The 13th Sunday in Ordinary Time B

The 13th Sunday in Ordinary Time B Archdiocese of Wellington Wisdom 1:13-15; 2:23-24

This passage is addressed to socially marginalised Jews inAlexandria in Egypt just a few decades before the birth of Jesus. Life, not death, is God’s doing, and the life they have is lasting, for they are made ‘in the image of God’s ‘eternity.’ The Greek notion of immortality is extended to the Hebrew understanding of righteousness or justice. If their righteousness is of God, it too will last.


2 Corinthians 8:7, 9, 13-15

Paul’s praise of the Corinthian community is a little ironic. He has had to remind them that their knowledge and eloquence are God’s free gift and no reason for boasting. The generosity of God is the basis of his appeal for generosity towards the suffering community in Jerusalem.


Mark 5:21-43

In Mark’s gospel, we often encounter a story within a story. In Mark 5:21-43, the frame consists of the two-part story of the desperately ill 12-year-old daughter of Jairus, a synagogue official. Jairus falls at the feet of Jesus in an attitude of reverence and pleads with him to come and lay hands on her. Jesus is clearly known as a healer, one who can ‘save’ life.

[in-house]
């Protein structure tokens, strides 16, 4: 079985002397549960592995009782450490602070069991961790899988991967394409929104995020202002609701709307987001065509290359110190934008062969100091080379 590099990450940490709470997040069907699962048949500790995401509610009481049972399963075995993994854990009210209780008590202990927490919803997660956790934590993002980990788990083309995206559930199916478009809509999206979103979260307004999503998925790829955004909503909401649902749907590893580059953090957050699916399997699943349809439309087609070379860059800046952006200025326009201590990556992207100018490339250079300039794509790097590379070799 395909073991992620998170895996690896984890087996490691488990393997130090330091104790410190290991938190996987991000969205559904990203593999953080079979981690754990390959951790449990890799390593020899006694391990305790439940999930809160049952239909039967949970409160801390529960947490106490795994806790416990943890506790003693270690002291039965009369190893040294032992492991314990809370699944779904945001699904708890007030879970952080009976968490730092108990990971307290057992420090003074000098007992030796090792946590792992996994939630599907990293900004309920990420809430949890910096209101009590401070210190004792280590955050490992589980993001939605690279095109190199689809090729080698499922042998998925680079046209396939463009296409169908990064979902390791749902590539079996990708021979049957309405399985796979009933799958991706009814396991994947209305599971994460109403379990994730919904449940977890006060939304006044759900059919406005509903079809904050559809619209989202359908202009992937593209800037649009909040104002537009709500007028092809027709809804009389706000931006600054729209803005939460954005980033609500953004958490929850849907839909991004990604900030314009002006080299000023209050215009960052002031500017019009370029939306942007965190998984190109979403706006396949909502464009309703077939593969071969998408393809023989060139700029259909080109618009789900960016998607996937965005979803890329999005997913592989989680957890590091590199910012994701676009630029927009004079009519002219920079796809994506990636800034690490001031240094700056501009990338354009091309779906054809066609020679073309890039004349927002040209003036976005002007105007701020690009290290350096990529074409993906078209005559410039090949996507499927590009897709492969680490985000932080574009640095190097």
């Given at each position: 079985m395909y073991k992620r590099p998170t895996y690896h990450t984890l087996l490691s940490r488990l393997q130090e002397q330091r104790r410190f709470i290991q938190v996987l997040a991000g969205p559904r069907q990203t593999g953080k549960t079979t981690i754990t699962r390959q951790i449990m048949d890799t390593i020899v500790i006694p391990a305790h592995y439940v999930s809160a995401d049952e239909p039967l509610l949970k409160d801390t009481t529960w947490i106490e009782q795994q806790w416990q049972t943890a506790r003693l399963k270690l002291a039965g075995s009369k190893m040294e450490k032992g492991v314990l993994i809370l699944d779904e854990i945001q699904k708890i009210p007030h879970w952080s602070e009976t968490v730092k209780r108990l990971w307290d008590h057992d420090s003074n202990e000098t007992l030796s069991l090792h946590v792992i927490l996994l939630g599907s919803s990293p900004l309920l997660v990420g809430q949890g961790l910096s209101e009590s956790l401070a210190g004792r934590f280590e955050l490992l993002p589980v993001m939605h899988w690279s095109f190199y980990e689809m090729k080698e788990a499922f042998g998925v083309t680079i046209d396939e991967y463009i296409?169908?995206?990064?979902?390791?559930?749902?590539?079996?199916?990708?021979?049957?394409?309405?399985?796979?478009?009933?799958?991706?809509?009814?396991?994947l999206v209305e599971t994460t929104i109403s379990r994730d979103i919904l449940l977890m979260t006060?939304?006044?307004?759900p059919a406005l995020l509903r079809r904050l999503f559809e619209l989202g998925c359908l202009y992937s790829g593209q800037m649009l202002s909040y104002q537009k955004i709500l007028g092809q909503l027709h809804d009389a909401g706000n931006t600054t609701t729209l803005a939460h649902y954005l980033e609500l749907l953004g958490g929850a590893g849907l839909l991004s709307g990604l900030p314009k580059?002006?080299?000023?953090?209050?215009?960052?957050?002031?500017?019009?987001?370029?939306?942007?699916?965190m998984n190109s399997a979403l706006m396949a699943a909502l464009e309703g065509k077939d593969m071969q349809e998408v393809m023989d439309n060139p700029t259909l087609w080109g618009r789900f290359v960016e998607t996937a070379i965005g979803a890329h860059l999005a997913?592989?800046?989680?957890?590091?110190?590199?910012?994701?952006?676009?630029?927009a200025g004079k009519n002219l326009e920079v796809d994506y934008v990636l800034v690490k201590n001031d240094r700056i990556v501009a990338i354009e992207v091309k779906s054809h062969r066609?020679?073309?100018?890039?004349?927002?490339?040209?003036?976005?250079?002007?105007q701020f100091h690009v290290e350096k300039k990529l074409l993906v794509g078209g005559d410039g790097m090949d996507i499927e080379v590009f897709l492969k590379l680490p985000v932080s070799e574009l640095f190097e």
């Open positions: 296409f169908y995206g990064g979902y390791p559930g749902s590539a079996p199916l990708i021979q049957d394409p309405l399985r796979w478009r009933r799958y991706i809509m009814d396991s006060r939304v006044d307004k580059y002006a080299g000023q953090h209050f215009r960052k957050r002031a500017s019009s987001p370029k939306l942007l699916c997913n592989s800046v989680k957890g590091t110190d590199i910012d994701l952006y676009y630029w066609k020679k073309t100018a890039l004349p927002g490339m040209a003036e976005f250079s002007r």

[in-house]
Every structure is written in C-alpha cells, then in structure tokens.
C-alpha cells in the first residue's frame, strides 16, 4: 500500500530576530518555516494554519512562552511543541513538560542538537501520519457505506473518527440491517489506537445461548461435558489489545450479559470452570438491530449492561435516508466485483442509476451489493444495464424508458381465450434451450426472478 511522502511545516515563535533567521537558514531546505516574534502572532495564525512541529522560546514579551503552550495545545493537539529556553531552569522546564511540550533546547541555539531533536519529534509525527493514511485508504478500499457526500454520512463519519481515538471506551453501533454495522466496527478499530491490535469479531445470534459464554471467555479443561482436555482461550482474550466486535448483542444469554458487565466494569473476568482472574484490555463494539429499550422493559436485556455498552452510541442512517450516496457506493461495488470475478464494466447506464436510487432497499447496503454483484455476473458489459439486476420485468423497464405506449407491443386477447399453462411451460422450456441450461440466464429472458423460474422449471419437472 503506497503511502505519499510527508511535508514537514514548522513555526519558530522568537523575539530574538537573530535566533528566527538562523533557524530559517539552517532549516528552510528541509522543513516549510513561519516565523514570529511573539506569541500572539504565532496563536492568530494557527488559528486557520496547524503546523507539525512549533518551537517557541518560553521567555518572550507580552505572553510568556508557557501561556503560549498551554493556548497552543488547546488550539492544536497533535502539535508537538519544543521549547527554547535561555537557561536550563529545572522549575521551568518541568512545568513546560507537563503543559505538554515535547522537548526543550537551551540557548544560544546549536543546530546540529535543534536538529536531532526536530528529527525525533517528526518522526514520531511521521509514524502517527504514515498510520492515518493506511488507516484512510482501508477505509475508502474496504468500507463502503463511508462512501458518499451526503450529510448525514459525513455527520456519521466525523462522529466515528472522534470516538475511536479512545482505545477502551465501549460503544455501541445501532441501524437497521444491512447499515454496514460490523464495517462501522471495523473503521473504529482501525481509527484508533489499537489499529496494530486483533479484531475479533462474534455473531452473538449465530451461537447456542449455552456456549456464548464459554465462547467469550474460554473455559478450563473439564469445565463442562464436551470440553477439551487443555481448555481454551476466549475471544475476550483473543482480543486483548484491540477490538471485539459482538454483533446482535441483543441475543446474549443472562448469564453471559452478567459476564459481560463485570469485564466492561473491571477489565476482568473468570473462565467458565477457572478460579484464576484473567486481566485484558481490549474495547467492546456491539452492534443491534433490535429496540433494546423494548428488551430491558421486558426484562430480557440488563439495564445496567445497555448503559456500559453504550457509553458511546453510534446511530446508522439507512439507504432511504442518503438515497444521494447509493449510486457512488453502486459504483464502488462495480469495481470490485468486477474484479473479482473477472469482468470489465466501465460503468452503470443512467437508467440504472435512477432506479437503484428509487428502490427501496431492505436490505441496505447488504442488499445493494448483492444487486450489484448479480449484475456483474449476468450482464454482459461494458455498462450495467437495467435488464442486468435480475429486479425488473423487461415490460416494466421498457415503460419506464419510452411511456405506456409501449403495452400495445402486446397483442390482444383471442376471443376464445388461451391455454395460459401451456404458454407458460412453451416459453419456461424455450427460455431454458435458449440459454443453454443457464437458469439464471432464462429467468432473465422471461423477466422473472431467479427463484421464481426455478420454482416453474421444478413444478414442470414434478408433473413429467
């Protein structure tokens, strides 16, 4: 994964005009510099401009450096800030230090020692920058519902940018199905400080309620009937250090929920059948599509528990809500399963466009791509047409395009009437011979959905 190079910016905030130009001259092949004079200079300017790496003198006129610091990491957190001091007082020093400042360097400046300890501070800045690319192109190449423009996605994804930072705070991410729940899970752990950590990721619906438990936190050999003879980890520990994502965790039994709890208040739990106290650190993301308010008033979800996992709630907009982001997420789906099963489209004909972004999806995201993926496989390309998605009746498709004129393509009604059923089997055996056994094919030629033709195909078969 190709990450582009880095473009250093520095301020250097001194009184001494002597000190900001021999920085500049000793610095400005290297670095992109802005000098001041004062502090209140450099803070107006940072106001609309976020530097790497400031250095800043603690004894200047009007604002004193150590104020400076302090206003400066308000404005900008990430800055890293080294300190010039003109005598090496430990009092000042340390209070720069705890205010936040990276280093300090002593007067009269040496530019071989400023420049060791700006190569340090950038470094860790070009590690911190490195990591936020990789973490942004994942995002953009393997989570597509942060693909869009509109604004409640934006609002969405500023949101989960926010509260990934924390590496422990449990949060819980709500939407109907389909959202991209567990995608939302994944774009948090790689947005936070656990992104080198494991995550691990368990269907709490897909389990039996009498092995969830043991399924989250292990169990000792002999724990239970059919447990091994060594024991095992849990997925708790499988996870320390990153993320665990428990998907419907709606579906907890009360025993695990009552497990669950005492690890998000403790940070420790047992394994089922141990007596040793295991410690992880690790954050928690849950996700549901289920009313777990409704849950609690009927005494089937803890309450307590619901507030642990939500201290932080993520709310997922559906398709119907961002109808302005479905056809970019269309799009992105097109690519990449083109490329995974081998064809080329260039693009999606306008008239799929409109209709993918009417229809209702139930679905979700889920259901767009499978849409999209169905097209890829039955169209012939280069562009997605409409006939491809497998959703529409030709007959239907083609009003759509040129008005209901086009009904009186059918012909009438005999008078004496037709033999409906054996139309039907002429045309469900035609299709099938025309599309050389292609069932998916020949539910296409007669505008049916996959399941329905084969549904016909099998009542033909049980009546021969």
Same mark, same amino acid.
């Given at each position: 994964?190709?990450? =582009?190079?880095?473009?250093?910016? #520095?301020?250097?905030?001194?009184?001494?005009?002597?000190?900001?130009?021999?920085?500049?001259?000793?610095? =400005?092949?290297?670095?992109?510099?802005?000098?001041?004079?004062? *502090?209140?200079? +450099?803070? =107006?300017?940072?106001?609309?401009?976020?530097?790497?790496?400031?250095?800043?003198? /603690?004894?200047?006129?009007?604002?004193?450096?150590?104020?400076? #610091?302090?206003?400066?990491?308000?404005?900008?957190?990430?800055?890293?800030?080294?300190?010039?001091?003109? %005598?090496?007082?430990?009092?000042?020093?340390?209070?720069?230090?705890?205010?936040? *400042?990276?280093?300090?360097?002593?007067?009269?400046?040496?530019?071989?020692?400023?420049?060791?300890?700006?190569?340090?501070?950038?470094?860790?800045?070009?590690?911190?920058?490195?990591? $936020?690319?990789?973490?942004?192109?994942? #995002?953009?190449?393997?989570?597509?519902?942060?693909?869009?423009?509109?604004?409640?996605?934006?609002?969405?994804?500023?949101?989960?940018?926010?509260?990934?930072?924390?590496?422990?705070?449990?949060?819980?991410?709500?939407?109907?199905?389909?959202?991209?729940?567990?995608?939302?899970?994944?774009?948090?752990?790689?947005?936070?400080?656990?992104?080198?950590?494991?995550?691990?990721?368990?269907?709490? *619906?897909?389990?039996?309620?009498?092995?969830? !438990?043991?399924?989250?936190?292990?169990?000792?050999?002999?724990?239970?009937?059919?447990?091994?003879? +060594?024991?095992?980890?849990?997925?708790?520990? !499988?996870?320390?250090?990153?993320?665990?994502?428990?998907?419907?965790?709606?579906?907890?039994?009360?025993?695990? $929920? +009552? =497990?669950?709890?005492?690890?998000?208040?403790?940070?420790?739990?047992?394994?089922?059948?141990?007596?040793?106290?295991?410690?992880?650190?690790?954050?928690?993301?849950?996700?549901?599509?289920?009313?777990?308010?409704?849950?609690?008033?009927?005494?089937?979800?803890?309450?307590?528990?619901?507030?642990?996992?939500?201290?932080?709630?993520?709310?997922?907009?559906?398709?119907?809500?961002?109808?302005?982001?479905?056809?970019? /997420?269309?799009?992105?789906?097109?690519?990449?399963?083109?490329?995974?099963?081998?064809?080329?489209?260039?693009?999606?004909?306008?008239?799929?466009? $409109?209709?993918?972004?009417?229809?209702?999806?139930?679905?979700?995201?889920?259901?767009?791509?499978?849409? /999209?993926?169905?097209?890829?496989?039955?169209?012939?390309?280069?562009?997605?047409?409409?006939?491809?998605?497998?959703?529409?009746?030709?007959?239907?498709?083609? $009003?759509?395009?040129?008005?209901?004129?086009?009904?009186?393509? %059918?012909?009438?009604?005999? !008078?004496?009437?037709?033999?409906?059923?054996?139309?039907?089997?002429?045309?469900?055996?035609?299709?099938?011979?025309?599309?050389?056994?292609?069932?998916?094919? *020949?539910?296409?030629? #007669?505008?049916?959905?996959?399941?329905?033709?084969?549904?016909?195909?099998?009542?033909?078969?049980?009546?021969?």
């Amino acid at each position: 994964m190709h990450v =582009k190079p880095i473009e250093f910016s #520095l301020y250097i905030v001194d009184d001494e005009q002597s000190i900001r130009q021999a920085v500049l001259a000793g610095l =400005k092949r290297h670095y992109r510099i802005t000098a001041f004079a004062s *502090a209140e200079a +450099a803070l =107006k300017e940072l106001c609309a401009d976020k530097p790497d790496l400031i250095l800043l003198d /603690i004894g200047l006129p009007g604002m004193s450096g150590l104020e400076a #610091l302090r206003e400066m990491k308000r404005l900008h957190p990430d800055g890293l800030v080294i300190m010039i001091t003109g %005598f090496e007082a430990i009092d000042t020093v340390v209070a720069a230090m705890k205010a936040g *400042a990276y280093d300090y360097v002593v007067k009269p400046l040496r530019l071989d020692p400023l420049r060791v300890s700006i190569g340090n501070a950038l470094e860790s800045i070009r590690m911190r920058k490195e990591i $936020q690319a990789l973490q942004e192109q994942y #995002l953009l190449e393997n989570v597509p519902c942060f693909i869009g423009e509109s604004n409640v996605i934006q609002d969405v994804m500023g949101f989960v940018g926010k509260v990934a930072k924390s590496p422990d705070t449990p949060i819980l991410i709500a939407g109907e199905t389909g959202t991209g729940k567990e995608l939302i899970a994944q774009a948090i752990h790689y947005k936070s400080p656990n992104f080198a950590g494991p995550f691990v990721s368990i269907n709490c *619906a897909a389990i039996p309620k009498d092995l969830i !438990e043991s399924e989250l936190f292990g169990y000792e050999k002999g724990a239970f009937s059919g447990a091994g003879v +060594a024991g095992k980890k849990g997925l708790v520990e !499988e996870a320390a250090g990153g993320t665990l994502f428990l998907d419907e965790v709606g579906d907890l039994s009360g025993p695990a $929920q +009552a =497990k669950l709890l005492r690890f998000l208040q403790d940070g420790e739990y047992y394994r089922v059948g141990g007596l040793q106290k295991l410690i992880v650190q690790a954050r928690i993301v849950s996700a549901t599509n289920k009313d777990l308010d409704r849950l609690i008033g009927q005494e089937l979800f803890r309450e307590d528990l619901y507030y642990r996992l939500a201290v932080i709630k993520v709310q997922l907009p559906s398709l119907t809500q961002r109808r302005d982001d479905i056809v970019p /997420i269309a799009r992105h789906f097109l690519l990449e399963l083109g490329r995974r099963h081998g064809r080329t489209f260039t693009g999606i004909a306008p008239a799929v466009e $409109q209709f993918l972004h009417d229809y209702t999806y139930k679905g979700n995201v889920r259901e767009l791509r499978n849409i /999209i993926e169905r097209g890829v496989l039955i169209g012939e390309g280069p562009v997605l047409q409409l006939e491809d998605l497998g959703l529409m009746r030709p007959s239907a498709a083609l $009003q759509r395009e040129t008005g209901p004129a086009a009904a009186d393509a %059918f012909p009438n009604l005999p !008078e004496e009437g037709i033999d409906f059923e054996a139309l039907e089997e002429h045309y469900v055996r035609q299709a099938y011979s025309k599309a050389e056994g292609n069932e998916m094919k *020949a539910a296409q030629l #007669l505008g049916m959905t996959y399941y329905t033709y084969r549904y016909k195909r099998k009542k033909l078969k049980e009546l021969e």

The passage closes with the girl’s seeming death and restoration to life. In between, we have the story of an older woman, also seriously ill, possibly with a gynaecological problem: she has been haemorrhaging for 12 years.
The stories are linked in many ways, first by the repetition of the number 12 – a symbolic number in a Jewish context. Both the young Jewish girl and the older Jewish woman are in need of the saving power of God mediated through Jesus the healer.
Jairus’ daughter does not speak for herself. Like all young women of that culture, ill or not, she is dependent on the voice of her father. The older woman comes tentatively ‘from behind’. She speaks, but only to herself, as she touches Jesus’ cloak and experiences healing in her body. She is finally shamed into telling all. Like Jairus, she falls at the feet of Jesus.
Both women, young and old, are ‘daughters’ ofIsrael. Both are restored to health, one on account of her parents’ faith, the other on account of her own faith. Jesus the healer has embraced and responded to the pain of a woman alone on the one hand and of a family (mother, father and daughter) on the other.